THE ‘Make Zambia clean, green and healthy’ campaign kicked off last Saturday on a rather low note.
While there was adherence by some government institutions such as the Zambia Environmental Management Agency (ZEMA) and parastatals like the Zambia Daily Mail, there was resistance from others, though not deliberate.
Most business houses in the Lusaka central business district and elsewhere started the day by cleaning up their premises before opening.
It was gratifying to see President Edgar Lungu walking the talk by joining other well-meaning Lusaka residents at Chakunkula Primary School in Chelstone township where he led other government officials in planting orange trees.
Planting trees, which is under the ‘Plant a million trees, is an extension of the ‘Make Zambia clean, green and healthy’ campaign launched last month.
ZEMA corporate affairs manager Ireen Chipili who was on the ground in Bauleni, was happy with the participation of the local leadership in the cleaning of the market.
ZEMA was in the area to promote sound environmental management in the exercise complemented by five companies which availed their trucks for transportation of garbage from Bauleni to Chunga dumpsite.
Lafarge Zambia, Lilume Quarry, Tainyu Investments, Wonderful Ceiling and Gold Tiger generously made available their vehicles to the clean-up exercise while Adils and Baba Engineering supplied gloves to ensure people who participated in the cleaning had personal protective gear.
Men and women from Chunga were also on hand to pick up recycleable items from the garbage site with a view to teaching Bauleni residents that not all garbage is waste.
ZEMA also told community members to desist from the habit of burning garbage and encouraged them to subscribe to garbage collectors.
Kabulonga ward 16 councillor Patrick Mwansa said garbage collection has been an on-going exercise in Lusaka Central Constituency.
Mr Mwansa said about 250,000 tonnes of garbage was collected during the outbreak of cholera, hence the low incident of the disease, including diarrhea.
He says there is need for change of mindset to make the environment clean and wants more residents involved in sanitising Bauleni.
Mr Mwansa commended garbage collectors for their commitment but wants more bins as well as the increase in the number of trucks for picking up of waste.
Recyclers Association of Zambia chairperson Harrison Musonda was at hand to sensitise Bauleni residents on the need to segregate garbage and to begin to turn waste into a resource.
Mr Musonda wants citizens at large to appreciate the existence of collectors, aggregators and processors in the waste management sector.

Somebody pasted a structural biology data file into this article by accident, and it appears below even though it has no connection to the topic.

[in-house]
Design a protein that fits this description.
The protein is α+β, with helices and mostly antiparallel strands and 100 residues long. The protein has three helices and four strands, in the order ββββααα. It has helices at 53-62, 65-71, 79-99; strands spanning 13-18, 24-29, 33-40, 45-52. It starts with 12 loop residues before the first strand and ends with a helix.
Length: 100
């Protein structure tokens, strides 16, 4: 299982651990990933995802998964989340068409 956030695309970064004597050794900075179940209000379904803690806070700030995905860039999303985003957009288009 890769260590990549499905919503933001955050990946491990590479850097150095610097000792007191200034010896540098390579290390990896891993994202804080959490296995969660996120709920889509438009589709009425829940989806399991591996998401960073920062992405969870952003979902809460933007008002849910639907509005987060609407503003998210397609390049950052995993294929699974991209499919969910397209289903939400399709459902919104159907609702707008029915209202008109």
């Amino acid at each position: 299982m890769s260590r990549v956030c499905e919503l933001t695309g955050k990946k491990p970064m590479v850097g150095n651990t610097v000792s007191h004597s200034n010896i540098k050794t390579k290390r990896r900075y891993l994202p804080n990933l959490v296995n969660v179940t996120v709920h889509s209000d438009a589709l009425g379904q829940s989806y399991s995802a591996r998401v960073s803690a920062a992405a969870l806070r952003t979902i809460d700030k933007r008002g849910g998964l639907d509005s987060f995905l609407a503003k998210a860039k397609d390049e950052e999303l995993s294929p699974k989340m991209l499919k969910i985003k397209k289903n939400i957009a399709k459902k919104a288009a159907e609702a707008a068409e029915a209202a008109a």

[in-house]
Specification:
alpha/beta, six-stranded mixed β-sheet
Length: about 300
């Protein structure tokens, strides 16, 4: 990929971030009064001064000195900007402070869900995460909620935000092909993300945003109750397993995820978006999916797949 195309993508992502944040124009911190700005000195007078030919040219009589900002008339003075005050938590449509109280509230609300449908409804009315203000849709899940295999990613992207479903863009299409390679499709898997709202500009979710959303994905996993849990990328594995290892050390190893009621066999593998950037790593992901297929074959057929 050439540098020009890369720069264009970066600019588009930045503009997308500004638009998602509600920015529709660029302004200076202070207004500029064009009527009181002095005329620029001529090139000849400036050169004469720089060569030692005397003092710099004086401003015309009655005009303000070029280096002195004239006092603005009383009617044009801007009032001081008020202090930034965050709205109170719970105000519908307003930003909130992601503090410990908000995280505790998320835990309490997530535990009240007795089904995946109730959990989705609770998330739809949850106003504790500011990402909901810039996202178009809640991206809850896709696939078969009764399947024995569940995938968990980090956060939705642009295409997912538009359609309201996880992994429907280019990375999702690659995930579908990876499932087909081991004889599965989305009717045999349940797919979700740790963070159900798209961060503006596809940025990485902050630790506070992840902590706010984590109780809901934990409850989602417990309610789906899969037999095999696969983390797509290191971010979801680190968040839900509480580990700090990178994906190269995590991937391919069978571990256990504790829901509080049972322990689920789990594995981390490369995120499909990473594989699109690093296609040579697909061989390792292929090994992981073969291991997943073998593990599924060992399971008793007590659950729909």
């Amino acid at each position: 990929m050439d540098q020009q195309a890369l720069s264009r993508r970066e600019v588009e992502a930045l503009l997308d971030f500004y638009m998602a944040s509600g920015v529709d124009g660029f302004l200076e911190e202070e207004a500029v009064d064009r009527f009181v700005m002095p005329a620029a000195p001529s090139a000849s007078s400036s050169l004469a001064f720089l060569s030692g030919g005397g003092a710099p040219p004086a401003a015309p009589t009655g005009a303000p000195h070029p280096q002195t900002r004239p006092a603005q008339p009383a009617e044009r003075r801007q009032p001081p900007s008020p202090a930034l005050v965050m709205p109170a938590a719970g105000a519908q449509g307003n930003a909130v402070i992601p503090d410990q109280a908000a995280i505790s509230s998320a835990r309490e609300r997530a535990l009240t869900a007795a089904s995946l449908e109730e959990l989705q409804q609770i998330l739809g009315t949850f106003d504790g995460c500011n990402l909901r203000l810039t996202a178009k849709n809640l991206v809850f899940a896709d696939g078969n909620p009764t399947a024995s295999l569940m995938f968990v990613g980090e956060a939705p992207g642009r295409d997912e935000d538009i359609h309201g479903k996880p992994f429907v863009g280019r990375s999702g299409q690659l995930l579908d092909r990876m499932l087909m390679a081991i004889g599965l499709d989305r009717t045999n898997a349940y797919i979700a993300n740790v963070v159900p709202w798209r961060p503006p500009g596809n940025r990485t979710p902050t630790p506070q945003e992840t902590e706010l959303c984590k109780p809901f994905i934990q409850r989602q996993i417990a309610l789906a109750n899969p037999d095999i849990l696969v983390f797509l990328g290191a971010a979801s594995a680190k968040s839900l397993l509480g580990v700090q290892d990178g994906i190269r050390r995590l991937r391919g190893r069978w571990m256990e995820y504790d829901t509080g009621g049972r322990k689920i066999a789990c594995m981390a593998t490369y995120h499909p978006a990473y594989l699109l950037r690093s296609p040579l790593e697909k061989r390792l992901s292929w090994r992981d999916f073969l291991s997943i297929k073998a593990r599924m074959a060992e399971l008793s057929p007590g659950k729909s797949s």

Citizens can be putting plastics and bottles aside which they can be selling to aggregators and processors to make money.
While citizens are willing to implement the presidential directive to make ‘Zambia, clean, green and healthy’ leadership and ownership of the programme is lacking.
For instance, for Richard Lungu, assistant director in the Ministry of Water Development, Sanitation and Environmental Protection showed up in Bauleni to join ZEMA members of staff because his employers had not organised a cleaning event.
He therefore volunteered to make his way to Bauleni to join ZEMA, a statutory body under his ministry.
There must have been several public service workers out there who found themselves in Mr Lungu’s position because nobody provided leadership.
But Mr Lungu’s conscious haunted him to act while others watched from the sidelines.
Lack of leadership at ministerial level could have been the reason why President Lungu wondered that Cabinet ministers were with him in Chelstone instead of being elsewhere participating in the clean-up exercise.
Going forward, State House may have to delegate an inter-ministerial committee comprising Health, Defence, Environmental Protection and Local Government to be responsible for implementation of the presidential directive.
There may also be need to create structures in the community for the cleaning programme to work.
Not every worker should be cleaning their premises but employers should begin to look outside the box like ZEMA did.
Being the first month since the launch of the campaign, a lot more citizens, government institutions, parastatals and the private sector were expected to turn out.
While there may not have been total adherence to the first cleaning exercise, the task to inculcate a cleaning culture has begun.
There is need for more hype for the participation of many citizens ahead of the World Environment Day on June 5.
This is a very important event in the calendar of all environmentally responsible citizens, especially Zambians as we begin to re-dedicate ourselves to do a lot more this year to fight environmental degradation. It’s time to act.
The author is editorials editor at the Zambia Daily Mail